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The pandemic forced many things, including our most staid institutions, to change. Even the US Supreme Court, which has long successfully fought off efforts to bring its marbled chamber into the modern era of live broadcasting, for the first time conducted oral arguments via telephone and carried live for the public to hear.

The experiment proved successful. Since May of 2020, any American with an interest in a case before the court and access to C-SPAN or an internet connection could hear the matter being argued in real time. Those cases ranged from banal interpretations of the federal tax code to major rulings on voting rights, free speech and religious liberty, and LGBTQ protections.

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The Supreme Court has not yet made any announcement about whether it will continue the practice. But it has run out of excuses why it shouldn’t. As public confidence in high court and the justice system as a whole wanes, the need to continue live broadcasting audio of arguments could not be stronger — not only to improve the public’s understanding of how the Supreme Court works but also to increase transparency in a process that is almost entirely shielded from public view.

Calls for the court to allow cameras in the chamber to televise oral arguments and opinion announcements, led by media organizations and advocacy groups like Fix The Court, have been made for decades. And the court, in its resistance to change the way it operates in any way, right down to banning all electronic devices in its courtroom, has been steadfastly opposed.

In a 2012 C-SPAN interview, the late Justice Antonin Scalia scoffed at the idea that televising arguments would help the public better understand the court. Instead, he said, it would create media sound bites that would only serve to misrepresent it.

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“What most of the American people would see would be 30-second, 15-second take-outs from our argument, and those take-outs would not be characteristic of what we do,” Scalia said. They would be uncharacteristic.”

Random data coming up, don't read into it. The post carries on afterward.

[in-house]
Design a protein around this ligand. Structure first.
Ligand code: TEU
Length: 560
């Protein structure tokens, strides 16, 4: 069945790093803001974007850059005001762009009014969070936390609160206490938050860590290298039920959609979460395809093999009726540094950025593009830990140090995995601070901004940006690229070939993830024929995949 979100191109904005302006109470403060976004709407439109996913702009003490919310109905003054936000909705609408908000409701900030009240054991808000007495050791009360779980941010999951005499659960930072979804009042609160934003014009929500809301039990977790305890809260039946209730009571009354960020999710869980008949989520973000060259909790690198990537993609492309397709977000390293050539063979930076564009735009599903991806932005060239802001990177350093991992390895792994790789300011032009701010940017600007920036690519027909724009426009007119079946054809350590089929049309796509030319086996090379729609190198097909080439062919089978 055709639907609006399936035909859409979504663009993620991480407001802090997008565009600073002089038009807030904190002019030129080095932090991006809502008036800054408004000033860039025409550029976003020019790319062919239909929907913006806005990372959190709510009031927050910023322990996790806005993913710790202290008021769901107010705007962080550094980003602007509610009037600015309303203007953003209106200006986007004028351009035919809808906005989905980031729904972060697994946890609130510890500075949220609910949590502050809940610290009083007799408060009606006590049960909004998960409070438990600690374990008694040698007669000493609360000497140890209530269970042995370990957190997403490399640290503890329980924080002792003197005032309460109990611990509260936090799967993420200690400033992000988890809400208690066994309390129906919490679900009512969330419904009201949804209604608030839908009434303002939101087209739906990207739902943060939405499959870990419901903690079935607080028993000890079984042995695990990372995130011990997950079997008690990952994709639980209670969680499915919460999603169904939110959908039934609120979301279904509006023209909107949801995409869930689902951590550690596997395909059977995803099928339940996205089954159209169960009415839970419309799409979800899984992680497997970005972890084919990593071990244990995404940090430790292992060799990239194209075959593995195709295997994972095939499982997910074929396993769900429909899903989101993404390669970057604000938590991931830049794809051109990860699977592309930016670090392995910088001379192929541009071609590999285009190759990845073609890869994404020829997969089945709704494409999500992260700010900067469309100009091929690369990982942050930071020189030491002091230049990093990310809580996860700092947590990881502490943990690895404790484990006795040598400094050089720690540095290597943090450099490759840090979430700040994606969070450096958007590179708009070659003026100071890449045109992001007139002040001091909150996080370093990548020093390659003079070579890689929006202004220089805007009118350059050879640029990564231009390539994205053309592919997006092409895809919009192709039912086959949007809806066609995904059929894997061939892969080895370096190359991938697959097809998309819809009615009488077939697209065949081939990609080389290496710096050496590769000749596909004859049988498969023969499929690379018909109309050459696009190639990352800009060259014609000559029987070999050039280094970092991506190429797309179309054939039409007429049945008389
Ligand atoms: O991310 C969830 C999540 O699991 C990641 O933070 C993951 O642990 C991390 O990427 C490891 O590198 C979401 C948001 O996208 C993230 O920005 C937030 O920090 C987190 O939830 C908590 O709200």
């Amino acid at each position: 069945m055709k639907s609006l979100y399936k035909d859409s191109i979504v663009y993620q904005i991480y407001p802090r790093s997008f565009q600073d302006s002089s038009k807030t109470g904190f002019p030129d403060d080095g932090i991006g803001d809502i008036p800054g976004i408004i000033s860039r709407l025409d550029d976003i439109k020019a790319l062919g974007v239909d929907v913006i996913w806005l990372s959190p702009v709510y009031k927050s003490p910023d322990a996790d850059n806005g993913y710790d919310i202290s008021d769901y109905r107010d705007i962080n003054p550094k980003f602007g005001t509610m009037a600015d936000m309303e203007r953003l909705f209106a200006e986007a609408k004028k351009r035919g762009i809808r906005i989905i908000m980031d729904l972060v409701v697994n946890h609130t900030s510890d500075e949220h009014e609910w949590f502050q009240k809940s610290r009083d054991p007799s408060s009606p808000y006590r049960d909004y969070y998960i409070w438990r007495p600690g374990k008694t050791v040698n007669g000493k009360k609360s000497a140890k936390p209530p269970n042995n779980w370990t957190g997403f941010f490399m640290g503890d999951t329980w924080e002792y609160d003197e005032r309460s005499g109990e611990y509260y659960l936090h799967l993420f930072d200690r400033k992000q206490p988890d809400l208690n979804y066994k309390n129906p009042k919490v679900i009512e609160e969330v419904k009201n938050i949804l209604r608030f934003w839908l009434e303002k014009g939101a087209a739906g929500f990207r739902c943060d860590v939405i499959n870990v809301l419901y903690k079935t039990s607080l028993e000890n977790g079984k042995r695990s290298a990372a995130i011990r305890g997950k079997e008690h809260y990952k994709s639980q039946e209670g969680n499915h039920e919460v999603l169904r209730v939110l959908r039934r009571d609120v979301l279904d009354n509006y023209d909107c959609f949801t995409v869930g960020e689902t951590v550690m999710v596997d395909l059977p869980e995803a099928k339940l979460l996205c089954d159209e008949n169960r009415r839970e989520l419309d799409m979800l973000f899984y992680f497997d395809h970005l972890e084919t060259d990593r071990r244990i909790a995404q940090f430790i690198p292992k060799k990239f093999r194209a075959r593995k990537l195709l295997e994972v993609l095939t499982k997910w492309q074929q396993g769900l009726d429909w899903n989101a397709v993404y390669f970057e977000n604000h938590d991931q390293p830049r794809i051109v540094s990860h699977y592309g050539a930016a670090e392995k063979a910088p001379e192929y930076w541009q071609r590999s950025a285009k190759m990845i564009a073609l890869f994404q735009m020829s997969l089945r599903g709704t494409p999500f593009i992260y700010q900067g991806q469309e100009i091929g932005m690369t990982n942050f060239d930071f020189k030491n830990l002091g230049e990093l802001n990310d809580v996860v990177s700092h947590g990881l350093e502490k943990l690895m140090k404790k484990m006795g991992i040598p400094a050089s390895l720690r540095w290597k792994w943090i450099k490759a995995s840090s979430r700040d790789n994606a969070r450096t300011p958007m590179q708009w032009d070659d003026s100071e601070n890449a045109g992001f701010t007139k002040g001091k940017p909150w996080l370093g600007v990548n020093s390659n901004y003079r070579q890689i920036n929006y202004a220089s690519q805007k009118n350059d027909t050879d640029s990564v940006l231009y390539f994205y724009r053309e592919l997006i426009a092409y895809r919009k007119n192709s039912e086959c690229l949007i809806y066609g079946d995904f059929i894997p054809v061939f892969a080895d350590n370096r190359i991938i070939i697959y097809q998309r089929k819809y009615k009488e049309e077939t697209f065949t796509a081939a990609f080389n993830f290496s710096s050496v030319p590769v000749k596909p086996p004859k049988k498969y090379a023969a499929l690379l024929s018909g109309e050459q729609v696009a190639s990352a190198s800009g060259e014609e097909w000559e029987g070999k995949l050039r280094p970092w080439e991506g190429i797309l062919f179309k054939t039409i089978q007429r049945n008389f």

Opponents of bipartisan legislation that would mandate cameras in the court say televised arguments will only invite showboating by the justices and attorneys, or protests and other antics from members the audience.

“I think it is better for our country if the Supreme Court is a little more boring and doesn’t have Judge Judy as the dynamic in the courtroom,” Senator Ted Cruz, the Texas Republican who has argued before the court, said of the bill. Still, the measure was advanced by the Senate Judiciary Committee last month for the first time in a decade, a sign that lawmakers across the street from the court are growing more committed to forcing transparency measures upon it.

“There is a risk that if they just keep dragging their feet, that Congress interjects and then the Court has to deal with that,” said Josh Blackman, law professor at the South Texas College of Law Houston and an adjunct scholar at the Cato Institute, who has also urged the court to keep streaming sound of arguments.

While we agree that the court’s hearings should be televised, for the more reluctant justices on the bench, choosing to make audio simulcasts permanent could serve to stem the appetite for congressional intervention. Over the years the court has, on a case-by-case basis, released same-day audio of arguments in high profile cases, as well as made audio recordings publicly available at the end of each argument week — moves that have reduced some of that pressure.

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That is, until now. Keeping in place a practice that has worked for the last year and a half could benefit justices who prefer self-imposed incremental change to statutory mandates.

The fact that the court has rescinded previous pandemic-related rules — such as allowing attorneys arguing before the court to submit some filings electronically instead of the time-consuming and expensive process of filing all documents in paper form, hints at the likelihood that at least the justices themselves could return to the courthouse to meet in person this fall. We must wait to see if those arguments will be only in the presence of the lawyers arguing the cases, or if reporters or other members of the public will return to the chamber.

But even if full in-person arguments resume, it’s hard to imagine a justification to cut off audio access to the public. This is one judgment the court should affirm.


Editorials represent the views of the Boston Globe Editorial Board. Follow us on Twitter at @GlobeOpinion.